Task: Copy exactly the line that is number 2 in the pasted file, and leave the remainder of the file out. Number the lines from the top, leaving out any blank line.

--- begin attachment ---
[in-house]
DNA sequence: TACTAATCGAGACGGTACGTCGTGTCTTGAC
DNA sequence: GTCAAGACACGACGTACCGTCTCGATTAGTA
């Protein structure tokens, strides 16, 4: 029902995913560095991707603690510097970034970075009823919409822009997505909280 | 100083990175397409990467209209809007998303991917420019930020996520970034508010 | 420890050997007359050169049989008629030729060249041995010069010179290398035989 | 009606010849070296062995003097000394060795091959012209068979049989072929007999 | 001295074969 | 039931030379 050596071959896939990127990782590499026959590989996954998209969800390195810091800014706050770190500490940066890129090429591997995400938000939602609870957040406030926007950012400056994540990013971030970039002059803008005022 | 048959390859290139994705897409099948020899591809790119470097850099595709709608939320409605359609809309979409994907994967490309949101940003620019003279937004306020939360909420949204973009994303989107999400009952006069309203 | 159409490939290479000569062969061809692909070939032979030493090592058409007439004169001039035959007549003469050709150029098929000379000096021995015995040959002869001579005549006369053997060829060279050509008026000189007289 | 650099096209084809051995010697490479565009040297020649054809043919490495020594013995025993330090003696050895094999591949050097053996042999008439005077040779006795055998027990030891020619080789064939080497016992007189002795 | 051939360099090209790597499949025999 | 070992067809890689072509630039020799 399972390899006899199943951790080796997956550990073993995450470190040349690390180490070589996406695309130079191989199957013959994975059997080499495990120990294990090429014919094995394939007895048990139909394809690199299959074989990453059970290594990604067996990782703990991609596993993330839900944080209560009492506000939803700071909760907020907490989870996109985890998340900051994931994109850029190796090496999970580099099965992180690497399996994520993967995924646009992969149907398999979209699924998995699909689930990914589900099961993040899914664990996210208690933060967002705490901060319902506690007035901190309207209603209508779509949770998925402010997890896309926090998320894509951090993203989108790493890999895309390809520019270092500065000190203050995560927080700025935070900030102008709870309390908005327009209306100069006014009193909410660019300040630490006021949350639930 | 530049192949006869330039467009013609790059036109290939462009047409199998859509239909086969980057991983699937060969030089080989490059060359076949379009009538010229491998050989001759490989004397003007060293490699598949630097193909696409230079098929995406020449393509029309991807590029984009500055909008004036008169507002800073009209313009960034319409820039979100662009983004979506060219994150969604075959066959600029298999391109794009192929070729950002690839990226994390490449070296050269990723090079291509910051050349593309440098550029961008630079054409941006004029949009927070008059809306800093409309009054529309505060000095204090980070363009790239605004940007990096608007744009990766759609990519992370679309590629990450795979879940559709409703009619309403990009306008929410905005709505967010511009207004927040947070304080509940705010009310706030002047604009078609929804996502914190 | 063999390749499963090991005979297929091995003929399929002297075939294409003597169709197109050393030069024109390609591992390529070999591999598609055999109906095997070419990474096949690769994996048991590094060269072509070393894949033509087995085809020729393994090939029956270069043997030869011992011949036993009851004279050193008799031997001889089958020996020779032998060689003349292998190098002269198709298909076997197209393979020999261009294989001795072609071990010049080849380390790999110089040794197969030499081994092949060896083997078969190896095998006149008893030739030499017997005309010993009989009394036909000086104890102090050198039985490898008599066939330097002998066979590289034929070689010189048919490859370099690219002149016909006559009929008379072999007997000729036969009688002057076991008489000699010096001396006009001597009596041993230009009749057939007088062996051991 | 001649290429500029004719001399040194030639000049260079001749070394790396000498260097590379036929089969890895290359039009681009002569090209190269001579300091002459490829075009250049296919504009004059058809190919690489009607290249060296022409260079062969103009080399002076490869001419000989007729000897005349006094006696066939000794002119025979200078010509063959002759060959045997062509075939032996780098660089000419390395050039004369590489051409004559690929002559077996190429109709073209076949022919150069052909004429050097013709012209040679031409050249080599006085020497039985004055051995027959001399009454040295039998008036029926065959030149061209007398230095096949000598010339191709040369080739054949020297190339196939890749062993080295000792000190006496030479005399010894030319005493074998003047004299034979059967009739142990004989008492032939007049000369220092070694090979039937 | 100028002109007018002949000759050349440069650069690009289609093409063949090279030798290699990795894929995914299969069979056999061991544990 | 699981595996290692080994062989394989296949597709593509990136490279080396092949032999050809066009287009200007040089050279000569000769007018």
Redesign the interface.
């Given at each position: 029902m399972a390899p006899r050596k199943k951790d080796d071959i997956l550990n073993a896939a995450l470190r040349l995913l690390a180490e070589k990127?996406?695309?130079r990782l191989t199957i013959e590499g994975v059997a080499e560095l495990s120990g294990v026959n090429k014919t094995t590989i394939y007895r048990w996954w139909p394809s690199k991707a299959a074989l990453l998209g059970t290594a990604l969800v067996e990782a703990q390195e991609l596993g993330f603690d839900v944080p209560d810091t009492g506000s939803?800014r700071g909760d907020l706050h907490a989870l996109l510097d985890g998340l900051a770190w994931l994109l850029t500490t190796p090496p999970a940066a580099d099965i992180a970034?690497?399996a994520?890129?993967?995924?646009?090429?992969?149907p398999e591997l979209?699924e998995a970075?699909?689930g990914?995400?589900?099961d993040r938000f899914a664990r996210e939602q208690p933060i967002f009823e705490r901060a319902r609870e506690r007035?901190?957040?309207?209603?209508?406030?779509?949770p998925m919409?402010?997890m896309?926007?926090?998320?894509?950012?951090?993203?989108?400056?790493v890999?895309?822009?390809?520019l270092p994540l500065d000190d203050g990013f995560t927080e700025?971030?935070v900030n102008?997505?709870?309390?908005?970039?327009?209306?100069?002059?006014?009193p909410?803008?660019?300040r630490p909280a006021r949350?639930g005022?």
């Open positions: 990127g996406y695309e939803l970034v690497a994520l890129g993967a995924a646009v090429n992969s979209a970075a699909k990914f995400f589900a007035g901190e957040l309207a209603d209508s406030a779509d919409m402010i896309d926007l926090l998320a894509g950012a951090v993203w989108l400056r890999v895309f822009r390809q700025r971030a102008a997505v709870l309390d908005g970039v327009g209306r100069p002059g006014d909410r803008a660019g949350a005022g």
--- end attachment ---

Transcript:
DNA sequence: TACTAATCGAGACGGTACGTCGTGTCTTGAC